Origins of Tamils?[Where are Tamil people from?] PART:36

{Compiled by: Kandiah Thillaivinayagalingam}
Women of the merchant class could run textile businesses. Women of royal families also ran businesses, but mostly for the city-state, rather than for themselves. In the palaces, women either made cloth by spinning and weaving, or helped with the food.

We also find women ran businesses during sangam period.Akananuru 390 mentioned one such woman who sell salt for rice.

".......................she went to

all the settlements and called out,
“Town people! Rice for salt, straight exchange! 
Will யு barter?”I blocked her and said to her,
“You with pretty, curved navel and bamboo-like arms,
what is the price of the salt on your body?”
She looked at me with her big, calm,kohl-rimmed eyes" [Akananuru 390]

During the Assyrian era, female power and freedom declined.Women's roles were strictly defined as daughters and wives. Women rarely acted as individuals outside their families.

Most girls were trained from childhood for the traditional roles of wife, mother, and housekeeper.In a hymn,the goddes Gula[the patron goddess of doctors & healing] describe the stage in a women's life as:"I am a daughter,I am a bride,I am a spouse,I am a house keeper". Girls learned how to grind grains, how to cook and make beverages, especially beer, and how to spin and weave cloth.

Also while describing the respective duties of a mother and father, it is stated in
one of the Sangam poems that the duty of a mother ends after giving birth to children and it is the father who makes them wise men.

To bring forth and rear a son is my duty.
To make him noble is the father’s.[Purananuru  312]

Women wore long tunics, wrapped around the body and pinned at the chest. They also wore make-up, such as red henna for lipstick and blusher.

In ancient Sumer,Family life started with a proposal, was followed by a marriage contract, and ended with a wedding.A girl was considered ready for marriage when she reached puberty. Marriages were arranged by the families of the future bride and groom. The groom provided a bridal payment. The bride's parents were responsible for a dowry (gift) to the husband. The dowry ensured that the woman would get everything that belonged to her in case the man divorced her or left her a widow.
 
In the Sangam age marriage was considered to be the proper career for a girl. There was no vocation outside marriage for the vast majority of the Tamil girls.Also Girls enjoyed tolerable freedom in the selection of their husbands. Marriage was not always arranged.Therefore,Natural union resulting from love formed the essential feature of marriage and though it was ultimately considered to be the gift of the bride by her father or guardian to the most eligible suitor.

In the case of boys, they first enquire about the girl, her name, residence etc., and make arrangements for marriage proposals through their parents[Kurunthokai 374]. the parents of boy go to the residence of girl and ask for marriage. They offer parisam i.e, bride-price[Purananuru 343]]if the parents of the girl accept, they proceed further to finalise for formalities.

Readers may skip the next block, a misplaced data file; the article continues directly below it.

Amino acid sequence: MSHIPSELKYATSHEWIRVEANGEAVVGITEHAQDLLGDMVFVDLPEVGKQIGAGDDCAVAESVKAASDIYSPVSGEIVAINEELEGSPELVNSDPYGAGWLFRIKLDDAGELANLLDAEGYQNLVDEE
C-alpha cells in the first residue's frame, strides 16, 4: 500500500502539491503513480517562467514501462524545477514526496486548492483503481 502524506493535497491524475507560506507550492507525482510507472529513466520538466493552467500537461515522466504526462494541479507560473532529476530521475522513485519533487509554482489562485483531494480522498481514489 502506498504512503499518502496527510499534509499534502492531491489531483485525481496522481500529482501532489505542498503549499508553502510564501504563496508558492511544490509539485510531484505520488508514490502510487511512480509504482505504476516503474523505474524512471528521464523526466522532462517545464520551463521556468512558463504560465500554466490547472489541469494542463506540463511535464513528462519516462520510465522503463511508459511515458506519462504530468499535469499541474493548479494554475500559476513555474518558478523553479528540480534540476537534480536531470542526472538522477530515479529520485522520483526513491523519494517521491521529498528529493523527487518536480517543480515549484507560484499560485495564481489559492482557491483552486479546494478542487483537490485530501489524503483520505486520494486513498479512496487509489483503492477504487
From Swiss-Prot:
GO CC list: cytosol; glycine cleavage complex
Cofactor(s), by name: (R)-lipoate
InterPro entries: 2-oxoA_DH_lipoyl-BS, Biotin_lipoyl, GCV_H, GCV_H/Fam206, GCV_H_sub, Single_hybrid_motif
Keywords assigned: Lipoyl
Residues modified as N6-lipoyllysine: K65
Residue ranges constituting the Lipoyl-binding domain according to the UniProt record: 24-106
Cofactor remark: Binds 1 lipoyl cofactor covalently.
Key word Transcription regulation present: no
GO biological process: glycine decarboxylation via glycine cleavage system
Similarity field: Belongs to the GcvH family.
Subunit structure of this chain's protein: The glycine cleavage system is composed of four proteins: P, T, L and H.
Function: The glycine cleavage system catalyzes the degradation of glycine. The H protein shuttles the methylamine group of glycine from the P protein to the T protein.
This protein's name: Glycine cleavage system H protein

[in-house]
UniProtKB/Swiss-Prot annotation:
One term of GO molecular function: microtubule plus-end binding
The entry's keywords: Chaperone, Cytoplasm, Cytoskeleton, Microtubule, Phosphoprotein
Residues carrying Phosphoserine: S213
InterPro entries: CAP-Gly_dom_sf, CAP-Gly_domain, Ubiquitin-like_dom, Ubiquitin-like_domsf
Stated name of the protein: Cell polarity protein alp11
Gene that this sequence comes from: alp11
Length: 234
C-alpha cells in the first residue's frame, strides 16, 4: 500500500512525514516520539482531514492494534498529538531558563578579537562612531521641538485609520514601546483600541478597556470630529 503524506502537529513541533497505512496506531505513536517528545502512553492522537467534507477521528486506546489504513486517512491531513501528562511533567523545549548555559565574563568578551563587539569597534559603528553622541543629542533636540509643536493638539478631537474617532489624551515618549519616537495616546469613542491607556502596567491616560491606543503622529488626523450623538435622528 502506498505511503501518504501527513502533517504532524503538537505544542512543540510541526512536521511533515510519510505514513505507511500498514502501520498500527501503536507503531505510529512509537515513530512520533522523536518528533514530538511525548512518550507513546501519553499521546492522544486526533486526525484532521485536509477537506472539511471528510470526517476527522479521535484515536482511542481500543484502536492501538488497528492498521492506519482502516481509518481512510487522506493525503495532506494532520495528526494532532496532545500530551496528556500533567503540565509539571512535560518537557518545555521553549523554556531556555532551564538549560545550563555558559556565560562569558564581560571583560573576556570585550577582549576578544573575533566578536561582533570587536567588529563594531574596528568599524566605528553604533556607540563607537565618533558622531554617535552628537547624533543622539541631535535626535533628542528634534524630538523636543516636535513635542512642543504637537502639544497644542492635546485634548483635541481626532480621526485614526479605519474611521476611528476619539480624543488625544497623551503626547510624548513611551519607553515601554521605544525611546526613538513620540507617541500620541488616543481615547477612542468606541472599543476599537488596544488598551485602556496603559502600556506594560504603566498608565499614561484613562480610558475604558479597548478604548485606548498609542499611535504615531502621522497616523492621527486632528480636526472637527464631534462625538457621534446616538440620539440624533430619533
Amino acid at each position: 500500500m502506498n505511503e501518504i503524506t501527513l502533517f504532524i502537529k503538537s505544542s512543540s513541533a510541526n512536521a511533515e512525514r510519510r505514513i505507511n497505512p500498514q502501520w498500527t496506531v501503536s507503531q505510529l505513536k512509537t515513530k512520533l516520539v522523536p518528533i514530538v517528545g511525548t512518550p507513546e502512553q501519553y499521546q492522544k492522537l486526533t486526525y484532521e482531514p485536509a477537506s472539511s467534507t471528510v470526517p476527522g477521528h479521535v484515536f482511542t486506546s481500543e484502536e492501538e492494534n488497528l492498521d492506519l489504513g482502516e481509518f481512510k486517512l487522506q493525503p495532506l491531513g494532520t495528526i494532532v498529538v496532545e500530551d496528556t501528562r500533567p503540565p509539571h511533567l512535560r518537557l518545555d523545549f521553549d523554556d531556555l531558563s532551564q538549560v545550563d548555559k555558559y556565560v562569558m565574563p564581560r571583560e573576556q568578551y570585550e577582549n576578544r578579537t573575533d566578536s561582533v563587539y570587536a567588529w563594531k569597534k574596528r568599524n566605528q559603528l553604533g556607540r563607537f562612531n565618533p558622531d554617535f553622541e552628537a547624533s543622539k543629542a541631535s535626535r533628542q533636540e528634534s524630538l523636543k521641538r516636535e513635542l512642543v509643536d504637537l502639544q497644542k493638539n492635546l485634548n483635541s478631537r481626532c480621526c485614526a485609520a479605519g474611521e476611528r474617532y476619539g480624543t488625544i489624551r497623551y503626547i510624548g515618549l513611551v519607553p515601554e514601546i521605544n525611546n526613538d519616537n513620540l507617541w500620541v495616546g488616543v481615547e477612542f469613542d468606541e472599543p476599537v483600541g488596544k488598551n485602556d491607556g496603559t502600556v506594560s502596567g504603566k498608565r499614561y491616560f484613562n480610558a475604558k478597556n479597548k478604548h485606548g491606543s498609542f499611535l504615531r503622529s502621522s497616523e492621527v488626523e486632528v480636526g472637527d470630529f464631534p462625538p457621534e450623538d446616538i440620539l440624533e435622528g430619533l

In the wedding ceremony, the future husband poured perfume on the bride's head. The groom also gave the bride's family money and other presents. After the wedding, the husband and wife began the routine of daily life.This was usually the only marriage for the husband, as long as the wife lived and provided children.A sumerian proverb referred husband bragging that his wife had borne eight sons & was still ready to make love.  If the wife died or could not produce any children, the man had the right to have another wife or a concubine.The ancient ceremony of marriage which obtained among the Tamils before it was altered by the Aryans is described in two odes of the anthology called the Agam.Mothers of sons, with bellies marked with beauty-spots, wearing beautiful ornaments, poured water on the bride, so that her black hair shone bright with cool petals of flowers and rice-grains (which had been mixed with the water), and at the same time they blessed her, saying ‘do not swerve from the path of chastity, be serviceable in various ways to your husband who loves you and live with him as his wife’. On the night after the marriage ceremony was over, the neighbouring ladies assembled, (dressed the bride in new clothes) and sent her to the arms of her lover, to which she went with trepidation.”[ Agam 86, 1-22].Instead of perfume on the bride's head,Here they poured water mixed with petals of flowers and rice-grains on the bride's head.

Once a woman was engaged, she was considered part of her fiancé's family. If her fiancé died before the wedding, she was then married to one of his brothers or another male relative. If her husband died, a woman could share her property with her children and was allowed to marry again.

Life was very difficult for ordinary people in ancient Mesopotamia. There were plagues, wars, floods, drought and famine. Children were considered the property of their parents. Children could be sold into slavery if they disobeyed their parents, although this did not happen very often.Most boys went to work with their fathers. Girls stayed home with their mothers to learn household chores and to help look after younger children. Only boys from rich families went to school.


PART :37 WILL FOLLOW in next week

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